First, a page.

Ivan’s Childhood (Tarkovsky, 1962)

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One of the most assured debuts in cinema history, Ivan’s Childhood (1962) marked director Andrei Tarkovsky’s arrival on the world stage. Shot in stark black and white, it remains an almost flawless classic nearly 50 years later. Intermingling themes of innocence lost with those of the dehumanising effects of war, we witness the first dazzling creative flourishes of a director who, even through a relatively minimal output, would leave an indelible mark on audiences in the decades that followed.

Ivan (Kolya Burlyaev) is a 12 year old boy sent into the front lines as a scout extracting intelligence during wartime. Contrasting the idyllic opening – an alternate glimpse at a version of childhood annexed by the impending tide of battle – with desperate scrabbling in grimy, claustrophobic surrounds, Tarkovsky makes his distinction clear: there are no grey spots on this ruthless killing ground, especially in light of the consequences of a child being used as a pawn. Most saddening is Ivan’s riled-up enthusiasm for even more active participation, reciting his hatred for the Germans with the fervor of a battle-hardened general.

The cost of warfare is high by any measure, a potentially lethal exposure to a cruelty enshrined by death and dislocation. Though others around him – including soldiers barely out of their teens – try to placate Ivan and convince him of more time in a military academy, the boy decries their lack of foresight, demanding greater responsibility. But a sense of inevitable doom begins to worm its way into proceedings and with deliberate detachment the final scenes play out almost anti-climatically.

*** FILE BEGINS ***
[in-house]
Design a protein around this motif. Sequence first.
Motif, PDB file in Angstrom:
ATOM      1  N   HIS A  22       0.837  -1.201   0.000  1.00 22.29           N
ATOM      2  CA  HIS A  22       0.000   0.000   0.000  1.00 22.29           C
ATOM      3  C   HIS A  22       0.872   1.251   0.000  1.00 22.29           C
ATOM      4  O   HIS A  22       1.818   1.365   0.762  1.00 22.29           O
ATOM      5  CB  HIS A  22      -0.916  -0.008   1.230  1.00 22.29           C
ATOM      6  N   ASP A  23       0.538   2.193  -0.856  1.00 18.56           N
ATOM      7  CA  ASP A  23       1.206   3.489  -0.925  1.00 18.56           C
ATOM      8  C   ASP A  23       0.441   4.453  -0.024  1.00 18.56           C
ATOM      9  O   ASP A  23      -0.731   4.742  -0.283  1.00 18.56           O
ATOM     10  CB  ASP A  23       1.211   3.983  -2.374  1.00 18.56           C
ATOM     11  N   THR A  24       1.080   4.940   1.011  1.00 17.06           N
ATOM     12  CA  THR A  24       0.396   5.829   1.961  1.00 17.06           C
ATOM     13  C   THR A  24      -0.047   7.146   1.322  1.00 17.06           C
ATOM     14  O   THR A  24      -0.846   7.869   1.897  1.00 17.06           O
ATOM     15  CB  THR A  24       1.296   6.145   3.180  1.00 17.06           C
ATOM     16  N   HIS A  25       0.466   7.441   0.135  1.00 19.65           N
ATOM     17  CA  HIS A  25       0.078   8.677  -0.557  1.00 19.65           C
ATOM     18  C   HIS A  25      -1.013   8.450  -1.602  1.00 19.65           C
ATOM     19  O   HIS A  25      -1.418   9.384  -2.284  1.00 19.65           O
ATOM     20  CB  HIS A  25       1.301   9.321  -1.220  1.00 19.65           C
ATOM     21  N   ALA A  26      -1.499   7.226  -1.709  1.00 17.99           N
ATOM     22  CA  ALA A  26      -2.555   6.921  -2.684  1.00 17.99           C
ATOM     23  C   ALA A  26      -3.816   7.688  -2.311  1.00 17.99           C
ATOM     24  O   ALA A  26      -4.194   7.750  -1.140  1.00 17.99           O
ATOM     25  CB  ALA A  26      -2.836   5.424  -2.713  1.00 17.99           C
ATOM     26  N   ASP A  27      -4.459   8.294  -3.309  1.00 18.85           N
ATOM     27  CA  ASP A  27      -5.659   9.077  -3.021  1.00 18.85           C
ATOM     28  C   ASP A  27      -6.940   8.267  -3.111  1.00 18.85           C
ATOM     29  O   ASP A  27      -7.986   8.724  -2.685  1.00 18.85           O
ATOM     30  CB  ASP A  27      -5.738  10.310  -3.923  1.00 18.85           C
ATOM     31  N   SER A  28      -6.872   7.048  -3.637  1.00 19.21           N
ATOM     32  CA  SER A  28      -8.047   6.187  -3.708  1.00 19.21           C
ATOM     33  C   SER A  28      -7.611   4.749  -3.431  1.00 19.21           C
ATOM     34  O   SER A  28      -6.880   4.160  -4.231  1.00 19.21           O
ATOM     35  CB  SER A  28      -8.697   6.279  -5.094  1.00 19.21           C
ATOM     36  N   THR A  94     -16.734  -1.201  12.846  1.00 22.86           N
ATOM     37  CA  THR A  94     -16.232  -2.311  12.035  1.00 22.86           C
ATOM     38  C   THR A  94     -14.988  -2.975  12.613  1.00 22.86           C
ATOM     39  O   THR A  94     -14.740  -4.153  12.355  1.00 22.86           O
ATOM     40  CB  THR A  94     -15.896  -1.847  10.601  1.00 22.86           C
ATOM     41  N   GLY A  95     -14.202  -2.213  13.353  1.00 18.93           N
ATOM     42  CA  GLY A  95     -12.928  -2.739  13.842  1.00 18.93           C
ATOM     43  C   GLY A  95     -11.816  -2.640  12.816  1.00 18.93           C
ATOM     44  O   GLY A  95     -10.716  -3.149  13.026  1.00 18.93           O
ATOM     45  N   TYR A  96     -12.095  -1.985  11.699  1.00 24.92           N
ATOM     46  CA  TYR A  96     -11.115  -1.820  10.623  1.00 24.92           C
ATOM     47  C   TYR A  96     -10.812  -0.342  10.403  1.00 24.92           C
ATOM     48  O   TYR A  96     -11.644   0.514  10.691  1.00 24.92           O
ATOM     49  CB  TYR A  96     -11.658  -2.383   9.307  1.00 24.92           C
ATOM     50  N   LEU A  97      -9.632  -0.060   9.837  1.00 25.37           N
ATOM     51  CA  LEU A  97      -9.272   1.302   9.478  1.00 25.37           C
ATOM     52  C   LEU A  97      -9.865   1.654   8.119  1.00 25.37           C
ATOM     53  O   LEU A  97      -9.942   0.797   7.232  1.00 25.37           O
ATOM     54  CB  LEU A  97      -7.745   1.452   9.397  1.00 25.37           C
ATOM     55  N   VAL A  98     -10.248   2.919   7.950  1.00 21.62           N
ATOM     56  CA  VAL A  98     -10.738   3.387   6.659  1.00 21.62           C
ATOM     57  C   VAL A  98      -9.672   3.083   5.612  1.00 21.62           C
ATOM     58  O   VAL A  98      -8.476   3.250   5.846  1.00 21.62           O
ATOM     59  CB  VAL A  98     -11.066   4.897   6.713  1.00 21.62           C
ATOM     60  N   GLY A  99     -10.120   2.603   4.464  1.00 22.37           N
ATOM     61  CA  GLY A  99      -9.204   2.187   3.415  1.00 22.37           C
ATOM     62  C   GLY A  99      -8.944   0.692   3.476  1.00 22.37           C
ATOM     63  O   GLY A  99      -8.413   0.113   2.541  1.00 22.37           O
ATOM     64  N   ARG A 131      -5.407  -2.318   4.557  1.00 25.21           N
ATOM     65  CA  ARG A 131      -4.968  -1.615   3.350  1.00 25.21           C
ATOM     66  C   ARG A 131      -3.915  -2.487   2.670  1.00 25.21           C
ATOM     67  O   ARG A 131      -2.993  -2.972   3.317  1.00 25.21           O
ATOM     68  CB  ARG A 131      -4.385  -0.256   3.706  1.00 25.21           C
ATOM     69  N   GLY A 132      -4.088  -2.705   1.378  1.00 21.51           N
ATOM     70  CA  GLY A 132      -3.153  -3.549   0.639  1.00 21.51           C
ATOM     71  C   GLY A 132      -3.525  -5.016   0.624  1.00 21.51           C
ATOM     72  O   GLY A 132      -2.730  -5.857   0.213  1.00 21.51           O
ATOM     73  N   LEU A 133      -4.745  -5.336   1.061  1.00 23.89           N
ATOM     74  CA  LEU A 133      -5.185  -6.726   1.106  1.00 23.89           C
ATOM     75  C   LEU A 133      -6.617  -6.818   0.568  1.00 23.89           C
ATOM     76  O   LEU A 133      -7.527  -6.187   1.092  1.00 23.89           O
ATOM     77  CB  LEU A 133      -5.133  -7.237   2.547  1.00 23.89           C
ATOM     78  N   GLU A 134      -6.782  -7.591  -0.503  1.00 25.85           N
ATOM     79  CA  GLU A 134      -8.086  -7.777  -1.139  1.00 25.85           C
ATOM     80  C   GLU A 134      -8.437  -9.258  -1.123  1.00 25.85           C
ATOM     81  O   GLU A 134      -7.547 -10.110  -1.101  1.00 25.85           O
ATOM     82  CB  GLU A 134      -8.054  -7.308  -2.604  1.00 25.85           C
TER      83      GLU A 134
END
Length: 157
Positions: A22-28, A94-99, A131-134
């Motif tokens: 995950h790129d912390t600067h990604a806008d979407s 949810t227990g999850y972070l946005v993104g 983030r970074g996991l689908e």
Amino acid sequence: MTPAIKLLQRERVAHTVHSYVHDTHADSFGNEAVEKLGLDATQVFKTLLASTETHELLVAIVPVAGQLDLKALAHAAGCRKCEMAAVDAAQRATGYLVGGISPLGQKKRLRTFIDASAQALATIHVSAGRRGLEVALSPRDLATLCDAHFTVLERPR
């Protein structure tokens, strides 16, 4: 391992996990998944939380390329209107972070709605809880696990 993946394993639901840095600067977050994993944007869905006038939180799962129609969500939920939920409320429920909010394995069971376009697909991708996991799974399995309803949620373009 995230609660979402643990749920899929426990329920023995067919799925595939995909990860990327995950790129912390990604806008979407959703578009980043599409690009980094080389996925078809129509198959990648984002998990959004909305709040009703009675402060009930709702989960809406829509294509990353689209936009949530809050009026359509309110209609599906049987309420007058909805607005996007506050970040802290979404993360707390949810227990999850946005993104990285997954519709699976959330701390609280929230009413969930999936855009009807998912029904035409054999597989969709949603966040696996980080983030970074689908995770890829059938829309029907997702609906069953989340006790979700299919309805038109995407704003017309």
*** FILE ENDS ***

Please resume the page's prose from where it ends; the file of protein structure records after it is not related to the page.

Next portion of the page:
Startling visual creativity would become a Tarkovsky trademark and here he transforms the occasionally non-linear structure into an unnerving phantasmagorical dream. Little in the way of rugged warfare is externalized; rather, Ivan’s interactions and mental deterioration form the basis of much of the narrative. Gradually Tarkovsky mines deeper beneath the strata of the psyche of a boy coerced into participating in an horrific adult sphere, the innocence of childhood snatched from his grasp like a toy.

Unforgettable images appear with regularity through Tarkovsky’s lens: the opening crane shot as a beatifically contented Ivan imagines himself gliding over the land; Ivan’s view from within a well of his mother and sister’s murder; the ghostly white trees of the surrounding forests; and with greatest resonance – the fluid, impressionistic terror at the height of Ivan’s fever delirium, shot as a terrifying vision amidst the deterioration of his mind; here Tarkovsky and cinematographer Vadim Yusov meld the confined surrounds of a ruined church with a haunting of sights and sounds, both real and imagined, in what is surely the film’s most provocative and powerful sequence.

Tarkovsky’s extraordinarily expert grasp of cinematic language at such an early stage is matched by the towering performance of his miniature lead actor, young Burlyaev – surely one of the most remarkable by a child ever committed to celluloid. Though this important director would later progress to fully-fledged masterpieces like Andrei Rublev (1966), Solaris (1972) and Stalker (1979), films marked by their depth and maturity, Ivan’s Childhood is an impressive reminder of his stunning cinematic entry point.